Fed minutes highlight taper talk
- August 23, 2021
Balance Sheet Risk Management
Financial Institutions | Kennett Square, PA
Prior week summary
The major U.S. equity indices moved lower for the week, falling from all-time highs, as market participants digested mostly weaker-than-expected economic data, the continued spread of the COVID-19 delta variant, and the minutes of the latest FOMC meeting. While the 10-year Treasury yield has seen a protracted spell of volatility this quarter, last week proved much calmer as the 10-year Treasury yield traded in a mostly tight range and ended the week at 1.26%, approximately three basis points lower than where it began the week. Aside from the week’s scheduled economic releases, market participants circled Wednesday on the calendar in expectation of the release of the latest FOMC meeting minutes. The minutes offered new data points on where Fed officials stand regarding the eventual tapering of the current $120 billion per month asset purchase program. Specifically, the minutes revealed that most Fed officials see the launch of the tapering program beginning later this year if the U.S. economy continues to recover in line with expectations. According to the minutes, “Looking ahead, most participants noted that, provided that the economy were to evolve broadly as they anticipated, they judged that it could be appropriate to start reducing the pace of asset purchases this year because they saw the Committee’s ‘substantial further progress’ criterion as satisfied with respect to the price-stability goal and as close to being satisfied with respect to the maximum employment goal.” Regarding the composition of the tapering program, several officials argued that the agency MBS portfolio should see a larger pullback in purchases relative to the Treasury portfolio at the onset of the program given the overall strength of the housing market. Finally, many officials also expressed the importance of stressing that there is not a “mechanical link between the timing of tapering and that of an eventual increase in the target range for the federal funds rate.” The next FOMC meeting is scheduled for September 21–22.
Market participants received several high-profile economic updates last week, including retail sales, the Empire Manufacturing Index, and housing starts, among others. Fears that the U.S. economy is reaching peak growth reignited on Tuesday when a report indicated that retail sales unexpectedly fell 1.1% in July, a stark contrast from the upwardly revised 0.7% rise seen in June. The report highlighted a shift to service-sector spending as restaurant spending increased while motor vehicle and e-commerce sales declined. Supply chain bottlenecks remain a source of much consternation and slower growth for the manufacturing industry, an issue that featured prominently in both the Empire Manufacturing Index and Philadelphia Fed Business Outlook Survey releases. The Empire Manufacturing Index fell far below expectations to 18.1 in August, a significant pullback from the record 43.0 level seen in July. Notably, participants’ expectations for prices paid accelerated in July, suggesting that inflationary pressures continue to firm. Looking to the housing market, housing starts fell in July to an annualized pace of 1.53 million starts, below the 1.6 million start consensus expectation. In a bright spot, building permits improved in July to a 1.63 million annualized pace, a modest beat to the consensus expectation. Lastly, the labor market appears to be improving as jobless claims for the week of August 14 declined to a pandemic-era low of 348,000 claims. Market participants will continue to watch the labor market closely as there is a growing consensus among Fed officials that “substantial further progress” has been reached with respect to their price stability goal but that the labor market must show further improvement still.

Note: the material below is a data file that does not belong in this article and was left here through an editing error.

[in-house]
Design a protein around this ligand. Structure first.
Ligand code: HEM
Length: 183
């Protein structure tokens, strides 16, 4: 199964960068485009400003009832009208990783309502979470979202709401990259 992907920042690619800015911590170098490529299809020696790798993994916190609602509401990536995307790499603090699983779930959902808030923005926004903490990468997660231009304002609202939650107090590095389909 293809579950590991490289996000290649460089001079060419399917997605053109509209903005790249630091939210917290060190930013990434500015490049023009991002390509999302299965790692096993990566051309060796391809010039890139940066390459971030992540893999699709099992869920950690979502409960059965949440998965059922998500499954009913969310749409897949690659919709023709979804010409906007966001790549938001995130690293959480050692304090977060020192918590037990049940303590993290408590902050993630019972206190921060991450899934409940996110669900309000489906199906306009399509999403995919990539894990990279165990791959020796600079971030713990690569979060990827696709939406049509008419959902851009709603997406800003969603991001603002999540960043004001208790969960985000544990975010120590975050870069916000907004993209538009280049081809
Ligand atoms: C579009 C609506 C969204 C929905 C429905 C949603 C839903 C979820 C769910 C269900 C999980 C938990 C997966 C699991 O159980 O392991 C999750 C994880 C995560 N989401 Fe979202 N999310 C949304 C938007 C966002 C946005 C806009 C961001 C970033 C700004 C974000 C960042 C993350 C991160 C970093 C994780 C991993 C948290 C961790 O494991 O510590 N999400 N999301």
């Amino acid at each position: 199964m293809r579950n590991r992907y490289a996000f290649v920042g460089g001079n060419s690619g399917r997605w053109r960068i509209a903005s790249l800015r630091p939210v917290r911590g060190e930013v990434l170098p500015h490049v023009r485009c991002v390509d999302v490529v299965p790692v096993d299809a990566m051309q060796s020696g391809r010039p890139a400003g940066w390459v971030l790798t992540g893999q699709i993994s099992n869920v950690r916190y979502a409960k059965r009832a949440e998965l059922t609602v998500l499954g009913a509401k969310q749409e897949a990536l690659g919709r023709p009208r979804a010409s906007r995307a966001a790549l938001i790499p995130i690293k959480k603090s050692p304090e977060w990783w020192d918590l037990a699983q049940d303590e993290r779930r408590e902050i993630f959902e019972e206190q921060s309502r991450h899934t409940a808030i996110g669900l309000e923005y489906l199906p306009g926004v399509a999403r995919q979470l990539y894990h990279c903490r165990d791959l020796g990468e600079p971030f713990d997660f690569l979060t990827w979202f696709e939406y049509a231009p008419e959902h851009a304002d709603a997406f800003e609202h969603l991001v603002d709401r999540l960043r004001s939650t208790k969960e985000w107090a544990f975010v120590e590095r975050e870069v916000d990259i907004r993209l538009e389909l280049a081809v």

After a successful launch of the SOFR First initiative on July 26, SOFR swap trading has seen increased volumes week after week. In the third week following the launch of the initiative, SOFR swap traded notional increased to $166.1 billion, just short of a 25% increase from the week prior, and total trade counts increased modestly week over week to 1,542 trades. While all eyes have been on SOFR-based developments in recent weeks, the credit-sensitive BSBY index is looking to reclaim the spotlight as BSBY futures are set to launch on the CME on Monday, August 23.
The look forward
Market participants are gearing up for another busy week of economic data releases with updated figures on new home sales, durable goods orders, jobless claims, the second estimate of second-quarter GDP, wholesale inventories, and consumer spending, among others, dotting the economic calendar. All eyes will turn to the Fed’s annual policy retreat to Jackson Hole beginning Thursday.
Market implied policy path (Overnight indexed swap rates)
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Transactions in over-the-counter derivatives (or “swaps”) have significant risks, including, but not limited to, substantial risk of loss. You should consult your own business, legal, tax and accounting advisers with respect to proposed swap transaction and you should refrain from entering into any swap transaction unless you have fully understood the terms and risks of the transaction, including the extent of your potential risk of loss. This material has been prepared by a sales or trading employee or agent of Chatham Hedging Advisors and could be deemed a solicitation for entering into a derivatives transaction. This material is not a research report prepared by Chatham Hedging Advisors. If you are not an experienced user of the derivatives markets, capable of making independent trading decisions, then you should not rely solely on this communication in making trading decisions. All rights reserved.21-0227
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